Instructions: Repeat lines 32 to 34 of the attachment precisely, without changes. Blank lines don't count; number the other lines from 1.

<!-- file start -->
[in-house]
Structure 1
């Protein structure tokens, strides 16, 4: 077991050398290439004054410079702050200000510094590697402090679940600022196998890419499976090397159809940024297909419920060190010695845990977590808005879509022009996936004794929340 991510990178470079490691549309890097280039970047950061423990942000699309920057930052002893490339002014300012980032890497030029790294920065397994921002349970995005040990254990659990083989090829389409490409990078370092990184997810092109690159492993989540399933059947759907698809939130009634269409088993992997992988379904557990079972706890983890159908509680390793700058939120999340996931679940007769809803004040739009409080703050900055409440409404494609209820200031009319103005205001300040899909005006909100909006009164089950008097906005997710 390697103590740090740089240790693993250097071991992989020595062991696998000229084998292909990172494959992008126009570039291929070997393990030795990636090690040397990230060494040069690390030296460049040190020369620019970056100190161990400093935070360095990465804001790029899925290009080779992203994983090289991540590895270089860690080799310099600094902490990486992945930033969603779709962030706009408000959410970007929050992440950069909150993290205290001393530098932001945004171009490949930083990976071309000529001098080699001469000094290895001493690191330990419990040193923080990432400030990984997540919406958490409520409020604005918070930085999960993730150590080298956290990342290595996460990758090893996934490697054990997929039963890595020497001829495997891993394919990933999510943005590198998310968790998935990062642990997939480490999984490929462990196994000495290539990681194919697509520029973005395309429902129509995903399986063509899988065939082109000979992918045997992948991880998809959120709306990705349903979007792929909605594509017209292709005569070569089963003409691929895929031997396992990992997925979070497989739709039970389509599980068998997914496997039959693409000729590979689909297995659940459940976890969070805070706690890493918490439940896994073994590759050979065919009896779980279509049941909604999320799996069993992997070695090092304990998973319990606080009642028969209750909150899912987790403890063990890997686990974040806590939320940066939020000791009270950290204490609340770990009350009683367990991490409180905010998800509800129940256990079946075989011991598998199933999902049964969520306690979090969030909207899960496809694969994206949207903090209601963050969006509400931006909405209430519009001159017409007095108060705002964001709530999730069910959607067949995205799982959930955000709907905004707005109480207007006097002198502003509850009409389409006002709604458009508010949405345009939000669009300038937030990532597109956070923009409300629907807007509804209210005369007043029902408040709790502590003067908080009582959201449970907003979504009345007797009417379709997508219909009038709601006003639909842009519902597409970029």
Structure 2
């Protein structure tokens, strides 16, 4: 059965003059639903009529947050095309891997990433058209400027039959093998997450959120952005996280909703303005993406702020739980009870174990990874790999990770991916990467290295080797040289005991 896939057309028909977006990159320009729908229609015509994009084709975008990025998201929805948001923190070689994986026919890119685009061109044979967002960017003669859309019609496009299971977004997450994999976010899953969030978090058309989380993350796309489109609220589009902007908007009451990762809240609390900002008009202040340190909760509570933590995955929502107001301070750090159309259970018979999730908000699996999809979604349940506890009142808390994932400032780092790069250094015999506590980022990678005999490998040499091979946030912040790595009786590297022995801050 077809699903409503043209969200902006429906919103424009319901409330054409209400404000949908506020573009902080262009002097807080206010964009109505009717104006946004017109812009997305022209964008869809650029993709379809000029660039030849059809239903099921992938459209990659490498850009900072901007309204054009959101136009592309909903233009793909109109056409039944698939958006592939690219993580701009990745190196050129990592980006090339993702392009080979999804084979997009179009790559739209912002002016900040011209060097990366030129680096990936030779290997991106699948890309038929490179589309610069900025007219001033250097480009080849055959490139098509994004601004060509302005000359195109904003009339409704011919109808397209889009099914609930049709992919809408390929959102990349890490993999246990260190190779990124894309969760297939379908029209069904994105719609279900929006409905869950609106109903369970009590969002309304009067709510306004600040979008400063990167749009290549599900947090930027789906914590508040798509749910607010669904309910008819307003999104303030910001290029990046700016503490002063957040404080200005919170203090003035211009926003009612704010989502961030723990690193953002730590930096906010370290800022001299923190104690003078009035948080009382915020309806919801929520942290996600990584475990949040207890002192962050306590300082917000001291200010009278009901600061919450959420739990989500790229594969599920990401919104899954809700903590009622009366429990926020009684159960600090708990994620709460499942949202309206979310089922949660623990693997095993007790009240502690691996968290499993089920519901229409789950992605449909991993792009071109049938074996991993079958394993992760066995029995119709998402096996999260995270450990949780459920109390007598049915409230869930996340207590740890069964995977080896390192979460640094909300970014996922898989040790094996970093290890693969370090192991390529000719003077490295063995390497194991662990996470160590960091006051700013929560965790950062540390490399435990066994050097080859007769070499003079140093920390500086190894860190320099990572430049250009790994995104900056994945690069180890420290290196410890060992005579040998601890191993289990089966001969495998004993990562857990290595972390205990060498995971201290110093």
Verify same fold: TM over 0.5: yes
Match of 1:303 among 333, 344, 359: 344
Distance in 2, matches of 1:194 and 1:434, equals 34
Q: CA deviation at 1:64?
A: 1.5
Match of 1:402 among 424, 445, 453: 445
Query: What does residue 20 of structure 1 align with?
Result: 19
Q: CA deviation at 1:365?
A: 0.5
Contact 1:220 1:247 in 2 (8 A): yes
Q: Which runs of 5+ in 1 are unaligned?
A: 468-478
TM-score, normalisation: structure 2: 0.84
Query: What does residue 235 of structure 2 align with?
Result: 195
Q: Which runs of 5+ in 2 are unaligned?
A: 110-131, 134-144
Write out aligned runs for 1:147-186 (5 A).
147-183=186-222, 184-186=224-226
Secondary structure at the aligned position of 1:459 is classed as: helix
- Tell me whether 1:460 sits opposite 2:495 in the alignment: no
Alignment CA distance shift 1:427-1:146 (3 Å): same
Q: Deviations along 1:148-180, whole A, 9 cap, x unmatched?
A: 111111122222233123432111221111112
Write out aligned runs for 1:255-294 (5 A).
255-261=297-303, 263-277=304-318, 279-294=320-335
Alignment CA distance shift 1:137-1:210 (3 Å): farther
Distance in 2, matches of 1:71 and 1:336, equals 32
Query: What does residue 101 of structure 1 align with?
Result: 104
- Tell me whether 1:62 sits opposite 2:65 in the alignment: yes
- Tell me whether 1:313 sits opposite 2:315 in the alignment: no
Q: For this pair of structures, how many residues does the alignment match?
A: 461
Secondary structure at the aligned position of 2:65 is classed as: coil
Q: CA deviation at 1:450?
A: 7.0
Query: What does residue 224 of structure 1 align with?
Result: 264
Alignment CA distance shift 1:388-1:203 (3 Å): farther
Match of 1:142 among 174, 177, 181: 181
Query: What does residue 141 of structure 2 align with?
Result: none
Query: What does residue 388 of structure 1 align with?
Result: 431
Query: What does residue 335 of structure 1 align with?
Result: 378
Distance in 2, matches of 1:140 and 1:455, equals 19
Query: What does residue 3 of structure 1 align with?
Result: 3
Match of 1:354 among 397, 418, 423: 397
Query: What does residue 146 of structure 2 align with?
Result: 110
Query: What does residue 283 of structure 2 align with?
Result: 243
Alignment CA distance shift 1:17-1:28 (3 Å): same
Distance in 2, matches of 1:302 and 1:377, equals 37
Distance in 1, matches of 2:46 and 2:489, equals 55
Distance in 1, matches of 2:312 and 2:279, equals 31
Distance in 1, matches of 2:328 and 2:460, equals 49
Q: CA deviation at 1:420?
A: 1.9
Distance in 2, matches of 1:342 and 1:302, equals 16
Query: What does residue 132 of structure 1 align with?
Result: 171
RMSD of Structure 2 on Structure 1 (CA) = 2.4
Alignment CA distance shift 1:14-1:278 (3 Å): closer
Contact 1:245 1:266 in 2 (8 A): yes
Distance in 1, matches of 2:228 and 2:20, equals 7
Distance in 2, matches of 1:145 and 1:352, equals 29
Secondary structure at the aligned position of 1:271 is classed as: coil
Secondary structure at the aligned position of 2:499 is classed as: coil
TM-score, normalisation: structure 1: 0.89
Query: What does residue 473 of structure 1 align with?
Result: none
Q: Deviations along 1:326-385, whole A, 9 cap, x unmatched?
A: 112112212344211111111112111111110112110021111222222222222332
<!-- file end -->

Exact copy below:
255-261=297-303, 263-277=304-318, 279-294=320-335
Alignment CA distance shift 1:137-1:210 (3 Å): farther
Distance in 2, matches of 1:71 and 1:336, equals 32